Flexibilities relating to licensing of healthcare personnel, the use of the state’s short-term rehabilitation capacity program, and even Medicare’s “three midnight rule” are ended, or will.

The ending of the flexibilities is causing concern among hospital discharge planning personnel, responsible for moving patients from acute care hospitals to post-acute providers, such as inpatient rehabilitation facilities, long-term acute care hospitals, skilled nursing facilities (SNFs), and home care services, among other settings.

MHA’s most recent “Throughput Survey Report” from August shows there were 657 patients awaiting discharge statewide – with 429 of them awaiting transfer to a SNF. Forty-eight percent of patients awaiting to be discharged to a SNF were waiting for 30 days or more. Between July and August patients awaiting discharge to a SNF increased by 12%.

When patients cannot be transferred, they occupy beds that are needed by other patients backed up in emergency departments awaiting an inpatient bed.

HPC Lays Out Cost Challenges, Proposed Solutions

The Health Policy Commission last Wednesday released its 2023 Health Care Cost Trends Report that tracks the annual growth in healthcare expenditures in the state, trends in spending, and more. The report also contains nine policy recommendations that the HPC says is needed to help rein in costs.

While the report notes that Massachusetts is renowned for high-quality healthcare it also points out that in some measures relating to cost it ranks low among the 50 states.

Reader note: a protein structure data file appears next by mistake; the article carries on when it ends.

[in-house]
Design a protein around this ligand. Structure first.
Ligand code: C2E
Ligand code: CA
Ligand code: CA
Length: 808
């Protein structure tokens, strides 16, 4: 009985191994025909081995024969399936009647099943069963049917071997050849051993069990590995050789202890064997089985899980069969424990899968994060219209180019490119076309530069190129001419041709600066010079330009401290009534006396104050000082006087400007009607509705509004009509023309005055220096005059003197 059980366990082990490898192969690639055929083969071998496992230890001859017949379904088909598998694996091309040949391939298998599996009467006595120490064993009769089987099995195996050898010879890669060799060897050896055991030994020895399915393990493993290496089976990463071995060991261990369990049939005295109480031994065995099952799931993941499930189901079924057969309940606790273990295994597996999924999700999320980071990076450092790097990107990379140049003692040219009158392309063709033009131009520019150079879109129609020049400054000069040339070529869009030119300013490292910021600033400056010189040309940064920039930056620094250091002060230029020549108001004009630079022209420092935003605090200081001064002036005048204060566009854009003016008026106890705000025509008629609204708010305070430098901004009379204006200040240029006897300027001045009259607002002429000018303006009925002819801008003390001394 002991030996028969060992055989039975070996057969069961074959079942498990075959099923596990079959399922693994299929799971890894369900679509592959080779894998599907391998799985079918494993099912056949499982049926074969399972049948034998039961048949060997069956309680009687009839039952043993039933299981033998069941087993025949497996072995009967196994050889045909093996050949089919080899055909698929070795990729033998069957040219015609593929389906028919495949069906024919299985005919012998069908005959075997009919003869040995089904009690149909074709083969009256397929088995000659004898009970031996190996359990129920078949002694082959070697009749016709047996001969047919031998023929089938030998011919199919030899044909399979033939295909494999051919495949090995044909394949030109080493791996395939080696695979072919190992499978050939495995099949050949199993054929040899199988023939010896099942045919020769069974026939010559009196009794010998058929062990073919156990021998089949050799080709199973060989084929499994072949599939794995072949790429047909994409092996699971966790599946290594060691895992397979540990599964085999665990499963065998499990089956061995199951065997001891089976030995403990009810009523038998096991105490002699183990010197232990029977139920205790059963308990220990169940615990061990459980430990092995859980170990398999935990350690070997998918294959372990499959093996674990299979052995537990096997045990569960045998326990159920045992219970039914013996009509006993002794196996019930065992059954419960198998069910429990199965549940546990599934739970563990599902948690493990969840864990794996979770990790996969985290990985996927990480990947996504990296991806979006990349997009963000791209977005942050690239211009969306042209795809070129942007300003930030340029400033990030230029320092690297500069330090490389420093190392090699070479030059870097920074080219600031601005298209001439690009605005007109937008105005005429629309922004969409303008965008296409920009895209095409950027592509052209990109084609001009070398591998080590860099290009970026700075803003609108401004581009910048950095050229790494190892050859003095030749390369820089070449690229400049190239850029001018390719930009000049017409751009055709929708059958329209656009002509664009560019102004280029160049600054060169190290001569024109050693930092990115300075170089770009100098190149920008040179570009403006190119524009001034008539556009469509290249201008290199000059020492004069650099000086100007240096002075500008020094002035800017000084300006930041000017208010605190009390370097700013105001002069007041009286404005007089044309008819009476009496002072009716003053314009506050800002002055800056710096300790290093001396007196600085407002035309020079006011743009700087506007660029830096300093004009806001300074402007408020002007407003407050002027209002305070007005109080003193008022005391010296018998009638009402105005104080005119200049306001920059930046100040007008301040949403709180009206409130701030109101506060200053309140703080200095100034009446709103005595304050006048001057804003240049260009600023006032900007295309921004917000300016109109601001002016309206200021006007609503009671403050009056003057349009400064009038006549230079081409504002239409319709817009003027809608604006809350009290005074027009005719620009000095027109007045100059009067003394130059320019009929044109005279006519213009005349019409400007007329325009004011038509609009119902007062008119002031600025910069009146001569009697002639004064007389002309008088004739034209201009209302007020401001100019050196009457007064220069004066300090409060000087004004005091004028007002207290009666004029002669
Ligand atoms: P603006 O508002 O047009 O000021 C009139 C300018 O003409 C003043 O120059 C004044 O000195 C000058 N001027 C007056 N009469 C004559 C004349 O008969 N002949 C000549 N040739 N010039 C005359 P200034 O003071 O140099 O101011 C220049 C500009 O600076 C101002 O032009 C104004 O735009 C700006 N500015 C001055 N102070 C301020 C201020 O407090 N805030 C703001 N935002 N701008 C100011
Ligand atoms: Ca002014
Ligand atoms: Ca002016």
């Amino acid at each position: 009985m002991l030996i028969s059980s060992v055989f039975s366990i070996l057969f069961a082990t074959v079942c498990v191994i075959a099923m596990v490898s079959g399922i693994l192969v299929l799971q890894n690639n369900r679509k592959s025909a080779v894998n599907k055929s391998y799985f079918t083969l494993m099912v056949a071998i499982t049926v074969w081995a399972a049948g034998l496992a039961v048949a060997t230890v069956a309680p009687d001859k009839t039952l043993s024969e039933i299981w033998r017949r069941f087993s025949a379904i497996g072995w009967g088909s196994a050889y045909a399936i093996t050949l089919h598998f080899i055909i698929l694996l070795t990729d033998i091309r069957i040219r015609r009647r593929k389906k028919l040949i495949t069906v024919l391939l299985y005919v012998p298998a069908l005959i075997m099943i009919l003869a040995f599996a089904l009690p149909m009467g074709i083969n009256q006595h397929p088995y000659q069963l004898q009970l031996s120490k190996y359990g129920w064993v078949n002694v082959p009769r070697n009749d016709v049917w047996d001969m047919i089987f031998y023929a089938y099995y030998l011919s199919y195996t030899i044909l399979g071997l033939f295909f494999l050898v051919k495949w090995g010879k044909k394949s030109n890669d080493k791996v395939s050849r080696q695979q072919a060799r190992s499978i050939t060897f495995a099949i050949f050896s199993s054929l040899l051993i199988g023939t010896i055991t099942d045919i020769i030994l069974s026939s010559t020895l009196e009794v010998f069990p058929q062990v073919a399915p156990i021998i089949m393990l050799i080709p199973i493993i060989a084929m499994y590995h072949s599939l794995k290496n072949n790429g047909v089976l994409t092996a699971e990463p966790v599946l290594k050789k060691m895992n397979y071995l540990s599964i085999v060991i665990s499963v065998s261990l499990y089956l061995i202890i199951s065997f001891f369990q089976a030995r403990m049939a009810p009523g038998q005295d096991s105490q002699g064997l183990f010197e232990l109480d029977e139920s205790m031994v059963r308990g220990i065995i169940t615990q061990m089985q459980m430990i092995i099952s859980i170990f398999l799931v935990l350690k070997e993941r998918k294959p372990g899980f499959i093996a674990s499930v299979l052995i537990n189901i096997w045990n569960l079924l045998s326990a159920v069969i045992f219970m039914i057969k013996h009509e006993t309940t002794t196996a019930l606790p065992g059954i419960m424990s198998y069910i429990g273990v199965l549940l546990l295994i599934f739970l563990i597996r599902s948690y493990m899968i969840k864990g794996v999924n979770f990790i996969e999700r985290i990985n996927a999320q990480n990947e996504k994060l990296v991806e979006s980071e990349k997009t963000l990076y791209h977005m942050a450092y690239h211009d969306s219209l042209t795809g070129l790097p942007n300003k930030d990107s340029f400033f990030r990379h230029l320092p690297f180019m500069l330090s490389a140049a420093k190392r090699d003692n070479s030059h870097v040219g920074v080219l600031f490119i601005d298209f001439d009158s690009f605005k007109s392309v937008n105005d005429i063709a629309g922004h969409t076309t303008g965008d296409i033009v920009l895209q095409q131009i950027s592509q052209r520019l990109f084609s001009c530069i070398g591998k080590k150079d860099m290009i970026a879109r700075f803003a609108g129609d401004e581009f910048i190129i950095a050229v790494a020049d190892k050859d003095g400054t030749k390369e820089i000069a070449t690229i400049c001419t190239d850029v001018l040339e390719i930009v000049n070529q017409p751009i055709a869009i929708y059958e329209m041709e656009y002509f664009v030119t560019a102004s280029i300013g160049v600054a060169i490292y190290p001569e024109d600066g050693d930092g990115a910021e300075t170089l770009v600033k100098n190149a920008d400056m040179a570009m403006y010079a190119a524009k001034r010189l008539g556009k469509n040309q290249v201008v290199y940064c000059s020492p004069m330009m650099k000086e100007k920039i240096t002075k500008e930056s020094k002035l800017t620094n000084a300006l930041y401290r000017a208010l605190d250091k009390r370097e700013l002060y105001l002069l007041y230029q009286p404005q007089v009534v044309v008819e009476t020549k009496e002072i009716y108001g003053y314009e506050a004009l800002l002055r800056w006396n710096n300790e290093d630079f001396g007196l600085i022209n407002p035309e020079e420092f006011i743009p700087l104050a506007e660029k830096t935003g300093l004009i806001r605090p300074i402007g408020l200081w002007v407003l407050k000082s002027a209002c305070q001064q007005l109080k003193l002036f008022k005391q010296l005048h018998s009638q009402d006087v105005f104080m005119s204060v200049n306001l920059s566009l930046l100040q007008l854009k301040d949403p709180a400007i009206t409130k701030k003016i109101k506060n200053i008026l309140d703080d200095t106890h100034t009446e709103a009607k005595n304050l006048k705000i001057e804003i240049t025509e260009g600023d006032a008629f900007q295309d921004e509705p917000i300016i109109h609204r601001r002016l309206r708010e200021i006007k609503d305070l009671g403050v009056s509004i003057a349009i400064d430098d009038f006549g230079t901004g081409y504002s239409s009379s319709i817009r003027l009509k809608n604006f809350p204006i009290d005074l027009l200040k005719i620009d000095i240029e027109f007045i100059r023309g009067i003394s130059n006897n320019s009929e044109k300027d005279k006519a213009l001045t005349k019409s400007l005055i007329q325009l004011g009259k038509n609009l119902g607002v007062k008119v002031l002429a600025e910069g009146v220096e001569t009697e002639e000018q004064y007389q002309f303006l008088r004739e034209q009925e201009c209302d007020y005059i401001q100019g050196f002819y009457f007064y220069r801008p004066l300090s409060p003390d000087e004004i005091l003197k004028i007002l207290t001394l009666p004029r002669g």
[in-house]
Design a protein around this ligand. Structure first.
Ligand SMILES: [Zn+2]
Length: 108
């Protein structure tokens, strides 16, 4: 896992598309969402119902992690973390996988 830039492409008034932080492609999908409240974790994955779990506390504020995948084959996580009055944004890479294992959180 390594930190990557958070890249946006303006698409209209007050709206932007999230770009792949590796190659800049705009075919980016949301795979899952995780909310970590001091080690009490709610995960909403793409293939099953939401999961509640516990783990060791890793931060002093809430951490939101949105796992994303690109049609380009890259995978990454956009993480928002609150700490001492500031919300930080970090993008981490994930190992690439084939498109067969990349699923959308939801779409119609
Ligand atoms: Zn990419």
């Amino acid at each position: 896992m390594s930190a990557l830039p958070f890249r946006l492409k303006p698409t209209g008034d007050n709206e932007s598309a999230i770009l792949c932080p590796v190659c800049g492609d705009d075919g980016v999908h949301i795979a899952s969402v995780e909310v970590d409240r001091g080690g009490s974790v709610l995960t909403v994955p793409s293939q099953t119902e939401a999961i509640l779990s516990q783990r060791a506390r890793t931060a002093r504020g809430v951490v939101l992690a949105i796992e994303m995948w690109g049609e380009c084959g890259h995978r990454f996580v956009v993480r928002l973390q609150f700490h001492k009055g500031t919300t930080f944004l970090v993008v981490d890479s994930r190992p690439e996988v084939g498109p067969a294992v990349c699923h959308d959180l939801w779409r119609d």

Among its policy recommendations, the HPC seeks greater oversight tools and the ability “to apply tougher, escalating financial penalties” for entities not meeting spending reduction targets. It seeks to limit “excessive commercial provider prices beyond reasonable benchmark amounts,” have greater oversight over pharmaceutical spending, and require greater standardization in payer processes, such as creating uniform medical necessity criteria and a uniform set of limited services appropriate for prior authorization.

Recognizing the severe healthcare workforce crisis affecting the state, the HPC says Massachusetts “should provide upfront support to alleviate the financial burden of education and training, including for advanced degrees and for the period between education and licensure for licensed roles, and should otherwise reduce barriers to entry. The Commonwealth should also consider policy changes supporting enhanced wages for under-resourced sectors. Finally, Massachusetts should join 41 other states (including most New England states) and jurisdictions across the country by adopting the Nurse Licensure Compact to facilitate permanent hires from other states.”

“Massachusetts hospitals and health systems continue to be fierce supporters of affordable healthcare and the HPC mission, and we and look forward to engaging with the commission on how we can build a stronger system for every patient in the commonwealth,” MHA President & CEO Steve Walsh said of the recent cost trends report. “We are especially eager to work with the HPC on its priorities that offer much-needed and immediate help to providers – including workforce development, health equity, and care access. Between 19,000 job openings, 1,200 patients needlessly stuck in hospitals, and unrelenting financial losses, healthcare leaders have been sounding the alarm on a crisis that – if gone unresolved – will prevent us from achieving meaningful cost goals. It remains an unfortunate reality that the caregivers who led our nation-leading COVID response are the last to recover from those efforts.”